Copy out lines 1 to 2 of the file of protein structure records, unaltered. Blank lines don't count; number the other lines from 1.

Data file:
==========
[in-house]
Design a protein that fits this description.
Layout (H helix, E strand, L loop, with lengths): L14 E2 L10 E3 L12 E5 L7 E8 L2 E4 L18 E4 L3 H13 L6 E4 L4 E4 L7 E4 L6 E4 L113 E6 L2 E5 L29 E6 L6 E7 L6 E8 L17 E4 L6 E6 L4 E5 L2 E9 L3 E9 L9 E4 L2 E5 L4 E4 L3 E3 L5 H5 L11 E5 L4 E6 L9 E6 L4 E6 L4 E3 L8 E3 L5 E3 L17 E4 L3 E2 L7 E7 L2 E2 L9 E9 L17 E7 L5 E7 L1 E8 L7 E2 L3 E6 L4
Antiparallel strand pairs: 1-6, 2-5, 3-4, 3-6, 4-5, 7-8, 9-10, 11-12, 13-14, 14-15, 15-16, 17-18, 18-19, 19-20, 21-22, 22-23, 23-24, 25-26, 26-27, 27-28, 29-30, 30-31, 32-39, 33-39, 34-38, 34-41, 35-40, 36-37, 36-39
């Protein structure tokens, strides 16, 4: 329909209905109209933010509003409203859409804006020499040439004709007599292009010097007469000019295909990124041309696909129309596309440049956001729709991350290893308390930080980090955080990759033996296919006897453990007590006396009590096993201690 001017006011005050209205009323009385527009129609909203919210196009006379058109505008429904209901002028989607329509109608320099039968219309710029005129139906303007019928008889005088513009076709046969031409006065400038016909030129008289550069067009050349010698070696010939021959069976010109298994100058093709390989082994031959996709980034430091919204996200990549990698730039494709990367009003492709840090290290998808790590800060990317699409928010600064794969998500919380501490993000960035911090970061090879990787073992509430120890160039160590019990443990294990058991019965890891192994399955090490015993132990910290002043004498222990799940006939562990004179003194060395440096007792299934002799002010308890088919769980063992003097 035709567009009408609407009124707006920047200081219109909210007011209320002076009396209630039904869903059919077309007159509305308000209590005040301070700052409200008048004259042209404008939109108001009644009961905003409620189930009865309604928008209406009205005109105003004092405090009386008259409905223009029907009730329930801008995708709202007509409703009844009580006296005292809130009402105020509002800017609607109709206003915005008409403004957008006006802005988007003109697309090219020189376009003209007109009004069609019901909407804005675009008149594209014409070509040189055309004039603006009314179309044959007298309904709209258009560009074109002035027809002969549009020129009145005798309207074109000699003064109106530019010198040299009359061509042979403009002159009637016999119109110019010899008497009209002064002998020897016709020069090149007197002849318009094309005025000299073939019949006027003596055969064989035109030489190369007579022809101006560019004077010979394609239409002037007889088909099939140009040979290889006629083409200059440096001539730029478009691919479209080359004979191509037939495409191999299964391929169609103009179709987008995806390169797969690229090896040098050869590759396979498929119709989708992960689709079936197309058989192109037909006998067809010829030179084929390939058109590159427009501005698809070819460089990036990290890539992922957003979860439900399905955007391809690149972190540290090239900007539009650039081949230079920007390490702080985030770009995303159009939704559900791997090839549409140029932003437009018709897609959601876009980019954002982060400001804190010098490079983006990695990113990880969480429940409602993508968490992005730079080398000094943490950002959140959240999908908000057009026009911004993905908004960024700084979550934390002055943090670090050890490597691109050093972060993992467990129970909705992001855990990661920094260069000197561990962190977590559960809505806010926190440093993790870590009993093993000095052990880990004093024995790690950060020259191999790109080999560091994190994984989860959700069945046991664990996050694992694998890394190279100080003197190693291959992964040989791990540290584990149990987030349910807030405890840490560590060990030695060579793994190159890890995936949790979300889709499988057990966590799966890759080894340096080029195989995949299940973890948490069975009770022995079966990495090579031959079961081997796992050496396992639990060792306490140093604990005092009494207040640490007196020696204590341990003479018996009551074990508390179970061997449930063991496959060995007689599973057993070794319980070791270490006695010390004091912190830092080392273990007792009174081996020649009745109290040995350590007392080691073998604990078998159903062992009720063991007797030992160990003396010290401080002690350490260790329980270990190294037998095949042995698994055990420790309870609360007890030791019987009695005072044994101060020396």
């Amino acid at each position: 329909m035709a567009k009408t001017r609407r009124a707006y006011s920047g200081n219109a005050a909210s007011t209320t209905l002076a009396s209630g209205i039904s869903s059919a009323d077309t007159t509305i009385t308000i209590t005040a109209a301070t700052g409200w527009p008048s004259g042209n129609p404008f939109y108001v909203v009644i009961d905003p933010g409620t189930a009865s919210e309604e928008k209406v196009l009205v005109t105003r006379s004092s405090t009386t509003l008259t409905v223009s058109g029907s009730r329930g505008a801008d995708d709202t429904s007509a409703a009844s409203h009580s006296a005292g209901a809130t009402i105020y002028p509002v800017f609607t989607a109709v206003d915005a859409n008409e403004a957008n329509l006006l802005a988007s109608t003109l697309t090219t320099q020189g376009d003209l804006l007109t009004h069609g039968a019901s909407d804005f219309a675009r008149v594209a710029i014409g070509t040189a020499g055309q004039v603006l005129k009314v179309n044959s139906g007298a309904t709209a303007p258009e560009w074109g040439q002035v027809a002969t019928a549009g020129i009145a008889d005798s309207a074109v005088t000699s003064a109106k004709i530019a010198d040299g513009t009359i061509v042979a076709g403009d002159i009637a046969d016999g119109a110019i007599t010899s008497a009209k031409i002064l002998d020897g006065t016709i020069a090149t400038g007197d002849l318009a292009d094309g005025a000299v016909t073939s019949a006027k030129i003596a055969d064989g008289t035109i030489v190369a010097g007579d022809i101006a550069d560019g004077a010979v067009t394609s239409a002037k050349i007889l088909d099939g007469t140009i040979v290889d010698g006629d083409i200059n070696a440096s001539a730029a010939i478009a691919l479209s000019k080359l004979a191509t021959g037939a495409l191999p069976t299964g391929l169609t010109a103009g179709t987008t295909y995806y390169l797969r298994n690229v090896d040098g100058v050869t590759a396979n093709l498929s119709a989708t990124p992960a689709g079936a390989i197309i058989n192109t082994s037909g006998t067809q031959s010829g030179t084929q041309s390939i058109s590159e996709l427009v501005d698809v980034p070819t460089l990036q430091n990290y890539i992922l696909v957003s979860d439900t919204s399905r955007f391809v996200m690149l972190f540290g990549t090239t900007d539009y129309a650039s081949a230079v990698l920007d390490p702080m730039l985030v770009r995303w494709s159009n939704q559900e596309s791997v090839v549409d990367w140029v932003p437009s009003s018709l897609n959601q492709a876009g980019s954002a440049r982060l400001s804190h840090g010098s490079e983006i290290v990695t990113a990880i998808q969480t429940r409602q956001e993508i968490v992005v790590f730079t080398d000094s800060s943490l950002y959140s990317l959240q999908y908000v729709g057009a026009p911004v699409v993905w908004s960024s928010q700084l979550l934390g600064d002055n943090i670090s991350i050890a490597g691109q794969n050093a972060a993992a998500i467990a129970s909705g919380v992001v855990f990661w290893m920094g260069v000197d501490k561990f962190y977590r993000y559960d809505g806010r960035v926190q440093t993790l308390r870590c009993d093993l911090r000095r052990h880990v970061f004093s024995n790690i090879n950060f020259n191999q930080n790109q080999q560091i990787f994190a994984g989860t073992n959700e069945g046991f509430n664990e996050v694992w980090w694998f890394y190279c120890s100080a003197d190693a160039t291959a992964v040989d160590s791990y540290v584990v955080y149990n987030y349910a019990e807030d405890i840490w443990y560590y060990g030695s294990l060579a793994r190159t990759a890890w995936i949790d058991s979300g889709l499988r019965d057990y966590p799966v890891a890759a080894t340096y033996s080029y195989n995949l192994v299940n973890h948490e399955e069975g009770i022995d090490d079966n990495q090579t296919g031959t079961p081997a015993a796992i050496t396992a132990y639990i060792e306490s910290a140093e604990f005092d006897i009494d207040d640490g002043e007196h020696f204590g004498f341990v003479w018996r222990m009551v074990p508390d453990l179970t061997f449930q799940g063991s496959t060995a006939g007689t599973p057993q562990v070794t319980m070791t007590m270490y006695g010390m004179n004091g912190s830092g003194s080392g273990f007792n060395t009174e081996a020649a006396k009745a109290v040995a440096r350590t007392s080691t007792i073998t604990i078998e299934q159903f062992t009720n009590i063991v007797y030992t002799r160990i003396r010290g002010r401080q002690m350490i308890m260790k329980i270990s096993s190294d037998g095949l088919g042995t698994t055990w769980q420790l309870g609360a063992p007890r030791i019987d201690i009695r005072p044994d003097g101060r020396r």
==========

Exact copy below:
[in-house]
Design a protein that fits this description.